Soccer coaching tips for handling a side that cheats
Your players are playing the game for the right reasons and you come up against a side that is prepared to play unfair. How do you carry on coaching your side to get the best out of a tricky situation?
No one gains from cheating, because it is a shortcut to glory and so the glory is tainted. However, in the professional game this could be perceived differently.
We do not want to coach our players to cheat or even to “play the referee.” However there is a fine line between “knowing the referee” and “playing the referee".
1. He who casts the first stone
Before becoming wound up by a side that cheats, be prepared to have a long hard look at your own game. This is the most difficult medicine of all, not only to administer, but to admit in the first place. Cheating comes in such varying degrees of “acceptability” that what seems a fair part of your game, might be perceived as the worst sort of play by another.
2. Don’t get involved in the same game
If a side is cheating, it makes matters worse by indulging in cheating yourself. “He’s doing it so why can’t I” is the sort of excuse we might have heard from a naughty child, but however patronising this comment may seem, you are letting yourself become drawn in. The cynic might say that if you haven’t trained to cheat, you will probably be caught out anyway – the other side will simply continue to get away with it.
3. Play harder
Cheating makes players angry. This sort of arousal can be counterproductive unless it is channelled in the right way. The physicality of soccer lends itself to a player being able to exact some form of immediate satisfaction for this anger and by far the best way is through a skilful tackle rather than a wild act which could cause problems later. Reaffirm this with your players, using the positive aggressiveness.
4. Communicate calmly with the referee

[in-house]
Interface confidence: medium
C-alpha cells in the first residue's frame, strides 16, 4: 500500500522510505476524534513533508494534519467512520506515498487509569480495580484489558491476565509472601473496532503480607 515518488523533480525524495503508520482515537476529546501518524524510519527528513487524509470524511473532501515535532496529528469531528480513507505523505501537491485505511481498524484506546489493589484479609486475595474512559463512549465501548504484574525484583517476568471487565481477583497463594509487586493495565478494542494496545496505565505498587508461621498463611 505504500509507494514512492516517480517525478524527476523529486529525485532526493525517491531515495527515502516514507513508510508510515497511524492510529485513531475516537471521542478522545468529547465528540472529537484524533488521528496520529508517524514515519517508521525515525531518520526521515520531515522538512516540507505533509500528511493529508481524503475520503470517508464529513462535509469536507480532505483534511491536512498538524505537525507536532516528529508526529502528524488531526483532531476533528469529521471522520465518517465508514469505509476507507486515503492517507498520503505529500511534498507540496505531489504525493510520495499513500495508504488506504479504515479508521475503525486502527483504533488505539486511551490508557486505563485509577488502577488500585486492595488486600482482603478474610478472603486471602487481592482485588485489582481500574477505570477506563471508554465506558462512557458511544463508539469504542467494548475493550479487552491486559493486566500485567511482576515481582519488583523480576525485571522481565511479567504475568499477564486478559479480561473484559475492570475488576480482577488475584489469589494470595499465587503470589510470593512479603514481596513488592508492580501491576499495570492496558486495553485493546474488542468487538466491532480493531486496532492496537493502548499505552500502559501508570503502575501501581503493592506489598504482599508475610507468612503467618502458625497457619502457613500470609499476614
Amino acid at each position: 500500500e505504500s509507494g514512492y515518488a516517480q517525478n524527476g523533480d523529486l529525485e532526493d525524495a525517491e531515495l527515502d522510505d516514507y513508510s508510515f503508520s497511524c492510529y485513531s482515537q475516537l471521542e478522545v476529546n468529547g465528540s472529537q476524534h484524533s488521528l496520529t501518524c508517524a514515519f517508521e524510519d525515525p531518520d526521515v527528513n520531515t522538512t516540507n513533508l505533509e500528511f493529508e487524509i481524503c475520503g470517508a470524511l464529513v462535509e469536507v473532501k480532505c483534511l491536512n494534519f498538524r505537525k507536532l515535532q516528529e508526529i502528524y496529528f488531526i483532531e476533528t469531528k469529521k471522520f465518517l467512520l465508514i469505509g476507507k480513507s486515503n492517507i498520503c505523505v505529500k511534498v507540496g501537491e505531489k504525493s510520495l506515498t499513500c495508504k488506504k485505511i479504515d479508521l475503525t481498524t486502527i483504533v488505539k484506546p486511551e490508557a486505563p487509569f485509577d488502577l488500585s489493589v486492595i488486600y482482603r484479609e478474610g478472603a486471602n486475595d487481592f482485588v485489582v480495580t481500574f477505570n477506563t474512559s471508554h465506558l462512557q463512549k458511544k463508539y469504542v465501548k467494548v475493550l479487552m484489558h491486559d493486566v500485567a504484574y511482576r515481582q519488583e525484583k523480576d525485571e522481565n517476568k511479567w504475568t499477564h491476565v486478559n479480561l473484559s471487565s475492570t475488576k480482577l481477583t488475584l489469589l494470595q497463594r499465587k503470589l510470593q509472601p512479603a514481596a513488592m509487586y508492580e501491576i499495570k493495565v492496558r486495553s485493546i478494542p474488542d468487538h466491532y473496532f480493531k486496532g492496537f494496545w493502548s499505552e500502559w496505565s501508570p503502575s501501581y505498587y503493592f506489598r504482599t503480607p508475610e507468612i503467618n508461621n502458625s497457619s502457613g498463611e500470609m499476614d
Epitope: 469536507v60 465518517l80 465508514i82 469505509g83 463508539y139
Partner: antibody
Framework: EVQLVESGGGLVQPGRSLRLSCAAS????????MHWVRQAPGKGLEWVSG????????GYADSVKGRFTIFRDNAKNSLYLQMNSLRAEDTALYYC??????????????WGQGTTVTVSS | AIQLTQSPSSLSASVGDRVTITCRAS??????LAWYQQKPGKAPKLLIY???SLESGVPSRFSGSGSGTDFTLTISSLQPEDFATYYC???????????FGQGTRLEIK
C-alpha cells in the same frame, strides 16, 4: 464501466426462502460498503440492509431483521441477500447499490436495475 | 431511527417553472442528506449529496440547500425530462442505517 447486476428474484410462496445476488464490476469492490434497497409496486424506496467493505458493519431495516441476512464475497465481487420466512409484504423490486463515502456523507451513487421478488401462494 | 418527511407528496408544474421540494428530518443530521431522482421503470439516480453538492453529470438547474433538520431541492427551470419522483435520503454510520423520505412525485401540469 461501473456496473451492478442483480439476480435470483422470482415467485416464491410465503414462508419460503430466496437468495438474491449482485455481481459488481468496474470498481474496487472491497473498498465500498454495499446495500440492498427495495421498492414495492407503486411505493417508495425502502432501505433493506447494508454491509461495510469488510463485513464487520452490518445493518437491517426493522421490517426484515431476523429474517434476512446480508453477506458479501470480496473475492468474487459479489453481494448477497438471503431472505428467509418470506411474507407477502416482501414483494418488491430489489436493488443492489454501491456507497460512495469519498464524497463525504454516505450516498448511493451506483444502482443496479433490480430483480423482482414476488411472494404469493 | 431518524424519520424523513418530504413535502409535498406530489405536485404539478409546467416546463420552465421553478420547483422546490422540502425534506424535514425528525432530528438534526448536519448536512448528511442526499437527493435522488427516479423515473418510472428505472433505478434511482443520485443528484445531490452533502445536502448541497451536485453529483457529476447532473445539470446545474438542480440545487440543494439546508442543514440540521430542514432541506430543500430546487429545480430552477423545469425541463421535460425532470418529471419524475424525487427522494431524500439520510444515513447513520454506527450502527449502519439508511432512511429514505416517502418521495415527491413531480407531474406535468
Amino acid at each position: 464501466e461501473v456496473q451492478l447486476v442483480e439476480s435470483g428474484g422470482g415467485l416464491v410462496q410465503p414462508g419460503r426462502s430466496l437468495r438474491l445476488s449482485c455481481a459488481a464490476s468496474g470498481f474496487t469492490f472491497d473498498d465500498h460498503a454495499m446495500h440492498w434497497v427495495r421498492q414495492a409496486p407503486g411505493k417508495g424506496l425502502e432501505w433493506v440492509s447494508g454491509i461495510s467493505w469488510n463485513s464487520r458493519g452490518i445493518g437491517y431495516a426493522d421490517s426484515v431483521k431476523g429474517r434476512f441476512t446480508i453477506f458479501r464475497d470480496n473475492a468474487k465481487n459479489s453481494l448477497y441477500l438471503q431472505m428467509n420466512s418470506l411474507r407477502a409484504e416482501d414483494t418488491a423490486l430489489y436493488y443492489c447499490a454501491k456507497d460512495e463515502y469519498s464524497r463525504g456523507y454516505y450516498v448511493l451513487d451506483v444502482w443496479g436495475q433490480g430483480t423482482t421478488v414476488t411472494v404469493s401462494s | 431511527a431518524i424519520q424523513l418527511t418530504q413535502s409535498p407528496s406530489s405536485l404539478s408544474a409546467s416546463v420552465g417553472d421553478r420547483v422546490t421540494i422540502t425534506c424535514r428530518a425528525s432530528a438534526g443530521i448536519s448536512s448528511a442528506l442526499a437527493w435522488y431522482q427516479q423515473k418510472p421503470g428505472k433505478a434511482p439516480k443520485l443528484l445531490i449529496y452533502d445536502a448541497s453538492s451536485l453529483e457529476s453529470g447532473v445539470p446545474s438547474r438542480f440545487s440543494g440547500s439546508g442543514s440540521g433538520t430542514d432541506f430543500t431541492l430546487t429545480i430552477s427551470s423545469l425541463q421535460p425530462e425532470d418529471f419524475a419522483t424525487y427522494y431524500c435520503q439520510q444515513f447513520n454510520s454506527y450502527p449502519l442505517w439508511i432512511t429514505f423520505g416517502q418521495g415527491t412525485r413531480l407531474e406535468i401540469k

Before any game, the referee will set out who he is going to have his dialogue with. Make sure that only these people are communicating with the referee. If other players are shouting at the referee he is less likely to act on your behalf. The captain should speak to the referee in the calmest terms possible. At half time the captain and/or the coach should ask the referee about offending incidents.
The language used should be asking the referee for clarification rather than aggressively accusing the other side. Does this make sense? The referee is aware that he is trying to be influenced by both sides, so a more conciliatory approach, pointing out possible problems may be more effective. Your problems really start when the referee is the coach of the cheating side!
5. Cool down period after the game
Once the game is over, there is little that can be done to change the result, so there is no point in taking umbrage with the opposition coaches, team or referee. This is not to say that you cannot speak to those involved, but in the heat of the moment you are less likely to make as rational a comment as when you have had a chance to gather your thoughts.
A useful soccer coaching tip to remember is that you may have the same referee for another game, so a misplaced invective might well prejudice a future match situation.
Take a long hard look at yourself before accusing the other team. If you change your tactics during a game to cheat then you may well find yourself worse off anyway.
Channel the aggression that comes from playing against a cheating side wisely and to your advantage.
Be calm in your communication with the referee – if he did not see the incident, there is not much more you can do. Don’t rush in straight after the game, give yourself time to gather your thoughts.
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